Today I learned… that your Mac terminal bash prompt can be customized and enhanced well beyond its basic boring default.
A full tour of bash customizations is outside the scope of this post, but I do want to share the simple customizations I use on my own bash prompt.
My prompt displays my username, the current directory’s file path, and the git branch I’m currently in.
To make your bash prompt do this, open your .bashrc file.
$ open ~/.bashrc
.bashrc is a shell script that bash runs when you open bash. This example modifies PS1 (the user prompt). To make yours look like mine, add this to the bottom of your .bashrc file (the # comments are optional).
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|#Add this to the bottom of your .bashrc file and run source ~/.bashrc|
|# Git branch in prompt.|
|git branch 2> /dev/null | sed -e '/^[^*]/d' -e 's/* \(.*\)/ (\1)/'|
|export PS1="\u \[\e[30;1m\]\w \[\e[0m\]\[\033[32m\]\$(parse_git_branch)\[\033[00m\] $ "|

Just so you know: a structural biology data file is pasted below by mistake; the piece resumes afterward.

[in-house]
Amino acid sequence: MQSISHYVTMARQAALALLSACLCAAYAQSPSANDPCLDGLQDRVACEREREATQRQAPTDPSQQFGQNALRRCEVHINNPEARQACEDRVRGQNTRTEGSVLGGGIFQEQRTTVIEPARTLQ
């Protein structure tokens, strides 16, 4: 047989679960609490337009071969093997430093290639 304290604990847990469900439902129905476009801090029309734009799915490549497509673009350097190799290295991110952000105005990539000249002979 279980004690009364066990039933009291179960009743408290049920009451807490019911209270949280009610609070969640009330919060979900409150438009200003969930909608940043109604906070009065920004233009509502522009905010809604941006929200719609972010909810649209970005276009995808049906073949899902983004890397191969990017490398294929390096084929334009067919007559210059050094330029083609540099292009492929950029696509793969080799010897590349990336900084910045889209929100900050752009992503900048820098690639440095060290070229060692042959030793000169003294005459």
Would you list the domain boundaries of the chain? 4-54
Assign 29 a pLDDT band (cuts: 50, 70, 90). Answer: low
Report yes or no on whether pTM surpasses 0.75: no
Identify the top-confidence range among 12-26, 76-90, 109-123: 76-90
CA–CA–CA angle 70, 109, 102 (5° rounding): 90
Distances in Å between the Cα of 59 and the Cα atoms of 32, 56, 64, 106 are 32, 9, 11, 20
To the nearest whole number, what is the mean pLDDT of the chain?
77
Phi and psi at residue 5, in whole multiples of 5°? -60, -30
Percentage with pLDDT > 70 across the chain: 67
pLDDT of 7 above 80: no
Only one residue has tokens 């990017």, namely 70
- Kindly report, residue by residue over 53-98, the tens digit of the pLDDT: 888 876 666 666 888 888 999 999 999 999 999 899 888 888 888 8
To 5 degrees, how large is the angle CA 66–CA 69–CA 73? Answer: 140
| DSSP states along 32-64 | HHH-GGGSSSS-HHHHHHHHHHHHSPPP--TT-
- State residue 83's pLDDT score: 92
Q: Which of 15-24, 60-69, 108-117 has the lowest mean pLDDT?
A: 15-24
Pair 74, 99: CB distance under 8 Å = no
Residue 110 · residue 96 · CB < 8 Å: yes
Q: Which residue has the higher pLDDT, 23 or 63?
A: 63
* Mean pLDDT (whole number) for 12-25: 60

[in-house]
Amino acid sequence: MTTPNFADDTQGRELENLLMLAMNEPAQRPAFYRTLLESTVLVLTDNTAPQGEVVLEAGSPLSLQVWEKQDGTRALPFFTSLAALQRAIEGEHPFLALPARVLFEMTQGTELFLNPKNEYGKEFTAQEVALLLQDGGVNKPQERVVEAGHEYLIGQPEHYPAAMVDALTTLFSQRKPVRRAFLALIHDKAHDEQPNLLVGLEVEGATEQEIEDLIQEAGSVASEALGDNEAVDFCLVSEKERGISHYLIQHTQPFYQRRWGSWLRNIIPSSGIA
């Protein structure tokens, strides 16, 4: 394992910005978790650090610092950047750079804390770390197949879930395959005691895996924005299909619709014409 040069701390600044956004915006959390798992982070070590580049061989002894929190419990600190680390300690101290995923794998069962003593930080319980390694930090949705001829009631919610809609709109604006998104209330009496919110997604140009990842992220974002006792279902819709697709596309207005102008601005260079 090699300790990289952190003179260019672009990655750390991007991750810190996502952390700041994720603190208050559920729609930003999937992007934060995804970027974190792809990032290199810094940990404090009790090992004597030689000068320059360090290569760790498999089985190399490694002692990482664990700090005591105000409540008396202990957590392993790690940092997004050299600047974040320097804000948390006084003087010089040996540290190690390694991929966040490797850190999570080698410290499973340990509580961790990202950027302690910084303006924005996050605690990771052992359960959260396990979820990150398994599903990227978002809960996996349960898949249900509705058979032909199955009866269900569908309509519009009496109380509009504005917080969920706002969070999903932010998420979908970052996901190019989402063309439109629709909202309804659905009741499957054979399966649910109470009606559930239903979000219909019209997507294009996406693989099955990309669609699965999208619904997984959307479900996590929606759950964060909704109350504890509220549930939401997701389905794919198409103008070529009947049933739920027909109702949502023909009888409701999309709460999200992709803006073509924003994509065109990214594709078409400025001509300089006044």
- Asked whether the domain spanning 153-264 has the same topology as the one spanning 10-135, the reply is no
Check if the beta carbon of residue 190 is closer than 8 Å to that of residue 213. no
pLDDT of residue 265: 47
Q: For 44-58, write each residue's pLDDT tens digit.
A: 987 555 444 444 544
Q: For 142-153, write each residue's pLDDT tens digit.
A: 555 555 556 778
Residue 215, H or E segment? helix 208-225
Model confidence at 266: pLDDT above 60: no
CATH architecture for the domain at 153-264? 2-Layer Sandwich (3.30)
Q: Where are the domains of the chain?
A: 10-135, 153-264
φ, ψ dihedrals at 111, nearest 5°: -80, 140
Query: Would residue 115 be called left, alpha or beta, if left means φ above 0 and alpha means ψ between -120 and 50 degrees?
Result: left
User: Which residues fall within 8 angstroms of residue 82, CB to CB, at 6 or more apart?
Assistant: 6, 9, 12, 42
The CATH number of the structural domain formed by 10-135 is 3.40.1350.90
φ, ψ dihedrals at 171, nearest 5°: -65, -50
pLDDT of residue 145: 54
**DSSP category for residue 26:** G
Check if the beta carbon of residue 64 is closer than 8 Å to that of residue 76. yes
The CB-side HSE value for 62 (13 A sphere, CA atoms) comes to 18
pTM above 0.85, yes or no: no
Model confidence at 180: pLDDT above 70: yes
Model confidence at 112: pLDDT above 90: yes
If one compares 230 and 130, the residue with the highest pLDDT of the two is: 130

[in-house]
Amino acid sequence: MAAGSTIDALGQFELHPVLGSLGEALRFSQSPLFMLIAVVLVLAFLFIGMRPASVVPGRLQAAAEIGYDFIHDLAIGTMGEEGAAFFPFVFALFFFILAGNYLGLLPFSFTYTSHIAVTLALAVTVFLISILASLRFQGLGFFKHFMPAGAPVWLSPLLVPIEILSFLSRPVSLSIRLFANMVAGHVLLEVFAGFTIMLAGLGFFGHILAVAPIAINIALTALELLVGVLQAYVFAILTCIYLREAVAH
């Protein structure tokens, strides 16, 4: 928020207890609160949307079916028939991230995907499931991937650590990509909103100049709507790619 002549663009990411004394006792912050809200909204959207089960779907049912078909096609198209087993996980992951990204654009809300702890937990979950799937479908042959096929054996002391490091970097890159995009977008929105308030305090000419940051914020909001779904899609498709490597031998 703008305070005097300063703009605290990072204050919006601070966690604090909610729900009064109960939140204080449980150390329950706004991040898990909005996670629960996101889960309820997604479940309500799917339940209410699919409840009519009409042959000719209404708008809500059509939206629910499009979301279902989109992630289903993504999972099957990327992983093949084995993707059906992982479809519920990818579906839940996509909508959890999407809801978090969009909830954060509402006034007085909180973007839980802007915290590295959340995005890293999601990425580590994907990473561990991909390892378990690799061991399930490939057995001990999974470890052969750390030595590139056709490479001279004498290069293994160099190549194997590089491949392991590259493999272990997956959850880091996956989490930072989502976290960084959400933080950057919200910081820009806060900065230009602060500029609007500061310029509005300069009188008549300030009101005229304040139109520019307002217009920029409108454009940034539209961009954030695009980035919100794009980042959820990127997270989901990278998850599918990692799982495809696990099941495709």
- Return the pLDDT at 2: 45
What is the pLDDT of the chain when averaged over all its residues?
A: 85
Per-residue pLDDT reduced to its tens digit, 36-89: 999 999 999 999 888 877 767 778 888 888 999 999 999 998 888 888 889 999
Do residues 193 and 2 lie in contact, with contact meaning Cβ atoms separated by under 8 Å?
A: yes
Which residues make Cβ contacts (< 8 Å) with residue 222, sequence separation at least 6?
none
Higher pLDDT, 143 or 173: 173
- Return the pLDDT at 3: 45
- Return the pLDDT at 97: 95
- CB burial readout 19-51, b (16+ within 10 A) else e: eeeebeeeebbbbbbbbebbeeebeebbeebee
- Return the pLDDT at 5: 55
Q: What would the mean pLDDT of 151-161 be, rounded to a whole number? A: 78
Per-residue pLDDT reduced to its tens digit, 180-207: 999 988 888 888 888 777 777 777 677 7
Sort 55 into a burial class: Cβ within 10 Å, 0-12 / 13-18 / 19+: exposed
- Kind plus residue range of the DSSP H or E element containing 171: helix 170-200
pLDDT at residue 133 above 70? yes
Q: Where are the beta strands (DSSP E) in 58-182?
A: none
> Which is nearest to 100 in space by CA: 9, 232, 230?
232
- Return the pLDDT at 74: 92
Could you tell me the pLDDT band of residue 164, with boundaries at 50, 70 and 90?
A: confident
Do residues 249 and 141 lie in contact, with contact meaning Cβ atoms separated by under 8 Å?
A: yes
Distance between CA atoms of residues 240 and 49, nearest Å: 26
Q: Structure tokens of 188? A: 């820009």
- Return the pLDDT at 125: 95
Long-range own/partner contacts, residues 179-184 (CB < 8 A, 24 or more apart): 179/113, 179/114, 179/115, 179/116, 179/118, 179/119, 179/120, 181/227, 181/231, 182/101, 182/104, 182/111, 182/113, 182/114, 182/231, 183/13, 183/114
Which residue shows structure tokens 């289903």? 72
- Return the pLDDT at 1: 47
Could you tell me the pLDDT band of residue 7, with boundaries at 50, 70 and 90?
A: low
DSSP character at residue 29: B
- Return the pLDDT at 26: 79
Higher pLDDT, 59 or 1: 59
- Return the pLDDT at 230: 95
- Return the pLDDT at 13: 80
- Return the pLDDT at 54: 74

Save the file, return to your terminal and type source ~/.bashrc to apply the changes.
$ source ~/.bashrc
More bash customizations
That’s just the tip of the iceberg, though, and chances are, there’s more you will want to do to your bash prompt.
Here are two articles I found helpful.
- This IBM Developer Works post on customizing bash includes a handy sequence guide and an explanation of how colors work in bash.
- Martin Fitzpatrick has a great guide to customizing terminal on Mac that I adapted for my own prompt customizations, plus helpful explanations of how this stuff works.
- What is the purpose of .bashrc and how does it work?